The NOPR proposes to codify the mandate that the EPA prepare a BCA for all future significant CAA regulations in the proposal and final stages[5] This is prudent, with the possible exception of cases where the final rule does not materially differ from the proposal. At the same time, updating the BCA to reflect minor changes would incur lower costs that may still be less than the benefits, even if relatively small.

The EPA should endeavor to codify BCA updates for any significant regulatory action, including reinterpretations. For example, the EPA often wishes to reconsider many rules after years of litigation delays or in light of new evidence. Some of this evidence, such as with scientific evidence, can materially change the benefits calculation. Some of it, such as shifts in industry composition, can materially change costs. For example, the EPA did not update costs and benefits estimates from 2012 when it promulgated the reconsidered basis for the Mercury and Air Toxics Standards for Power Plants (MATS) in 2020.[6] BCA experts warned that this overlooked new research about health consequences and relied on outdated compliance cost projections.[7] It also put the rule at greater legal risk.[8]

III. Best Practices for the Development of Benefit-Cost Analysis

R Street agrees with the NOPR on the need to improve transparency and rectify flawed analytic assumptions in BCA. The NOPR flags double-counting of benefits as one such concerning result. Recent research indicates some claimed mechanisms of double-counting are either inaccurate or addressed by the EPA following its own guidelines on BCA baselines assuming full compliance with existing rules.[9] The NOPR recognizes the baseline problem and appropriately seeks to address it to codify consistency and best practices.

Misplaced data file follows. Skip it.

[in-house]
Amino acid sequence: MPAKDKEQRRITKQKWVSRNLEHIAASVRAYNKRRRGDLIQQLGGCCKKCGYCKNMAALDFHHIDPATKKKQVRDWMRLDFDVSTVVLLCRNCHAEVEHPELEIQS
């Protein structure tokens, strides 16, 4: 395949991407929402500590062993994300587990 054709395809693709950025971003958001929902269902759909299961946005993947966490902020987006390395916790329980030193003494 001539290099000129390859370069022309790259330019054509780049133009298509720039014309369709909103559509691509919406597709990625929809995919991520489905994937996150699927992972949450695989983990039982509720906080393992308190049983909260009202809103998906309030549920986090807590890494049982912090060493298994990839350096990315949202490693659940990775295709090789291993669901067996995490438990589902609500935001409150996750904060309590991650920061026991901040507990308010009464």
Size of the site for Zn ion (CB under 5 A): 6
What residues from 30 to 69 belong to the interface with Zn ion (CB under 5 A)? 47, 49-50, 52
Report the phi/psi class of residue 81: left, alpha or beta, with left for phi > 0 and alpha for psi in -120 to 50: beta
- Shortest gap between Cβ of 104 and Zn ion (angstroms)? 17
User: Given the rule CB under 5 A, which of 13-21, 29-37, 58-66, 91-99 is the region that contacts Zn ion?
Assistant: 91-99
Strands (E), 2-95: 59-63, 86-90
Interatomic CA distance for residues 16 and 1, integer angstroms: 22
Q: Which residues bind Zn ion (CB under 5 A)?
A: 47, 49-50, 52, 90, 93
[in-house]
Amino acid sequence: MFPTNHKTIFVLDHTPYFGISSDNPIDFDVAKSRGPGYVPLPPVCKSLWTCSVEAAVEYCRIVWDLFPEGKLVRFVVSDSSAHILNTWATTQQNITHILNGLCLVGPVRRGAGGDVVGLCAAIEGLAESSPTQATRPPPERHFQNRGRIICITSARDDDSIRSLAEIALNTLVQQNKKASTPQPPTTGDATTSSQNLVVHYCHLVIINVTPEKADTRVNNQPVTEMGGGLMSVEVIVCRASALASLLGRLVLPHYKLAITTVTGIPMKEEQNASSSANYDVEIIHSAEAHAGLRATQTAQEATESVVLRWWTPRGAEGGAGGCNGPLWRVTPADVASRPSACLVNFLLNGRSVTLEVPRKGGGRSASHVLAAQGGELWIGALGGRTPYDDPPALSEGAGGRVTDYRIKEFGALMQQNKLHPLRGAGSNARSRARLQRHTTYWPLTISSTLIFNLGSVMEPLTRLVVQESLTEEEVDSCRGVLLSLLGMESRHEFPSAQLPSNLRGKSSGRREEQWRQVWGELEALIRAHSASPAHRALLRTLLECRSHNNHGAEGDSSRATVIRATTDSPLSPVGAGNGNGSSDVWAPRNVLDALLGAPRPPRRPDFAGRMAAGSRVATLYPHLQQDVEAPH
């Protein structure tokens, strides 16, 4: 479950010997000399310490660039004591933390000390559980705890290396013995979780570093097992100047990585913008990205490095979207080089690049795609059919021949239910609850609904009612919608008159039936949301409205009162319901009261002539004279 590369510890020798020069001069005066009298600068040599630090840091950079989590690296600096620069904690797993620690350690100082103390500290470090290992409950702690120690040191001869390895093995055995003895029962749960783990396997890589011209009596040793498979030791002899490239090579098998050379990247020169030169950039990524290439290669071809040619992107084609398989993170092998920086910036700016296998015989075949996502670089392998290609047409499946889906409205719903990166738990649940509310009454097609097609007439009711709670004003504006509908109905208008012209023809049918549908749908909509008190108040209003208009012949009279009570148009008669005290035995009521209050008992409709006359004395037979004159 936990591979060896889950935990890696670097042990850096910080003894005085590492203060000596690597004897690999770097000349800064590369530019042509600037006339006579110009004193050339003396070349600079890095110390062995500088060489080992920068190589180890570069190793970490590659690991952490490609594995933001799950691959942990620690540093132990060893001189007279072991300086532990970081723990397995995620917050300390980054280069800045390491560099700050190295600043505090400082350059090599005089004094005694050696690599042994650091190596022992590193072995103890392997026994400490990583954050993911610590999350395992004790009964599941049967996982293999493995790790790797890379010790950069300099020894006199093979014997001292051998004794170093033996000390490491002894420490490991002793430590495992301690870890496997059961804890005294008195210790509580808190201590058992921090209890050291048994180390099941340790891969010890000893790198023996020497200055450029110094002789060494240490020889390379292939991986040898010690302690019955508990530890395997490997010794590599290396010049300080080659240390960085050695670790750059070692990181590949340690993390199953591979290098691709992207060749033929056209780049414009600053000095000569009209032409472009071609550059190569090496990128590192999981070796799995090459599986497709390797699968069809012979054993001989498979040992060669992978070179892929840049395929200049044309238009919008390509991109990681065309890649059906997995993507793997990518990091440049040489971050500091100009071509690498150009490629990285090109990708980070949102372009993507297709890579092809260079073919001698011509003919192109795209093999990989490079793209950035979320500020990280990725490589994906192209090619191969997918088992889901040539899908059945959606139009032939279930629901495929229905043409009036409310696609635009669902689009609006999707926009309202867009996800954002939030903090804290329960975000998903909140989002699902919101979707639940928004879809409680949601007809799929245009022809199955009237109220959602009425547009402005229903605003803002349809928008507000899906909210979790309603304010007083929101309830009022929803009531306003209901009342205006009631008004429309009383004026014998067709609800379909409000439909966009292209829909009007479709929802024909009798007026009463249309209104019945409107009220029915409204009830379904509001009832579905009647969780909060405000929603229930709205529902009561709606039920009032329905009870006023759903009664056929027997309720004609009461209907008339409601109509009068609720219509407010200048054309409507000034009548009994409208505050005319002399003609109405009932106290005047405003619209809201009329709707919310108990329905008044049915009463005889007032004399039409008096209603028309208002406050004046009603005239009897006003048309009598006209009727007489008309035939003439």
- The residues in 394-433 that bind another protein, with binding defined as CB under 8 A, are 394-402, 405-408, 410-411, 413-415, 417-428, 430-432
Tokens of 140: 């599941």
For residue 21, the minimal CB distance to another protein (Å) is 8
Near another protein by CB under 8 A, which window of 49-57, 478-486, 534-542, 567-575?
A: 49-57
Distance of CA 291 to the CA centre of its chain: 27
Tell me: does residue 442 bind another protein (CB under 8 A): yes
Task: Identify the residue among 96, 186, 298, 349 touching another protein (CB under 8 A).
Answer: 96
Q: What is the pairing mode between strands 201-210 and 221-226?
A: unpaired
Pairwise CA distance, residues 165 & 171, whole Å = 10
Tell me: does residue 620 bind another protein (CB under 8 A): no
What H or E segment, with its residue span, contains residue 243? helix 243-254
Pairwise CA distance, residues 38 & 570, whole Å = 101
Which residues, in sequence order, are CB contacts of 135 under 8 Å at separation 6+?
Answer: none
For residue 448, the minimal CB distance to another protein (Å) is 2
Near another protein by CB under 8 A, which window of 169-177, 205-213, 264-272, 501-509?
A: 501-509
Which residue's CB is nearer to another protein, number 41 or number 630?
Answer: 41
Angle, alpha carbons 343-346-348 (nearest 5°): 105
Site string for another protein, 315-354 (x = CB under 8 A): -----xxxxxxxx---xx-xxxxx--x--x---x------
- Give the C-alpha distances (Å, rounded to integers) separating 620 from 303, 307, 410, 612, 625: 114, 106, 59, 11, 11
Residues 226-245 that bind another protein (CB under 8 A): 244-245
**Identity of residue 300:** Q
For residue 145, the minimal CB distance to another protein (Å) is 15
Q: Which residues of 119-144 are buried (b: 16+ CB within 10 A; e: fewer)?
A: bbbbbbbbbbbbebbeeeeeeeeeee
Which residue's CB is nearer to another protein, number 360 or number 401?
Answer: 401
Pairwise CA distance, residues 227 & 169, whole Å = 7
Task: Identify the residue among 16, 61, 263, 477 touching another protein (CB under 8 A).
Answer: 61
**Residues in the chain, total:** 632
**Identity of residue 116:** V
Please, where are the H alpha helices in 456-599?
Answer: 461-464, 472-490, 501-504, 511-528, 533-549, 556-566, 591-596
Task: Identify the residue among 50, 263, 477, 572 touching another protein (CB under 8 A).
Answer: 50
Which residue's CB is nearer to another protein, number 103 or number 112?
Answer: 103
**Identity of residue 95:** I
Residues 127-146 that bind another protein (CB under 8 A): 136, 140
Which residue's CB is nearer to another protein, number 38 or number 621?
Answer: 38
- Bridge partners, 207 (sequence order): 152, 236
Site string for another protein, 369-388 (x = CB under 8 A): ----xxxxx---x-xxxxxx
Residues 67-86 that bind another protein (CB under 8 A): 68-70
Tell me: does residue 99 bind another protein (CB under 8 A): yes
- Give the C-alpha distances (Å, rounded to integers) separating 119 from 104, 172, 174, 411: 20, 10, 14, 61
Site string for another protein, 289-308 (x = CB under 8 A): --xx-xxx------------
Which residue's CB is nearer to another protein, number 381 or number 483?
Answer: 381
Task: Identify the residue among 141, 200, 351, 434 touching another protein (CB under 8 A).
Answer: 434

The more problematic mechanism for over/double counting is the regulatory rebound effect, which refers to the shift in compliance behavior tied to a policy targeting a co-pollutant—or, in other words, a new policy that indirectly reduces emissions covered under a pre-existing policy can result in a change in the pre-existing policy.[10] This is not explicitly mentioned in the NOPR.

For the original MATS rule, the rebound effect caused the BCA to overstate the co-benefits of fine particulate matter (PM2.5), which is already regulated under NAAQS and was the primary benefit driver of the rule.[11] In particular, reductions in PM2.5 from MATS would allow states in NAAQS attainment to relax regulations on other PM2.5 sources. This would offset the effect of MATS on PM2.5 as other areas could reduce standards stringency on new sources.[12]

Better accounting for the rebound effect in the baseline is a difficult exercise as it relates to changes in regulatory—not merely conventional economic—behavior. However, the EPA should endeavor to address this for PM2.5 in particular, as it dominates BCA results for many CAA rules and, in fact, constitutes two of three categories that drive the vast majority of total benefits of various regulations the last two decades.[13] The EPA could look to fold this and other co-benefits estimates into an emphasis on better partial equilibrium analysis that holds some advantages over a general equilibrium technique.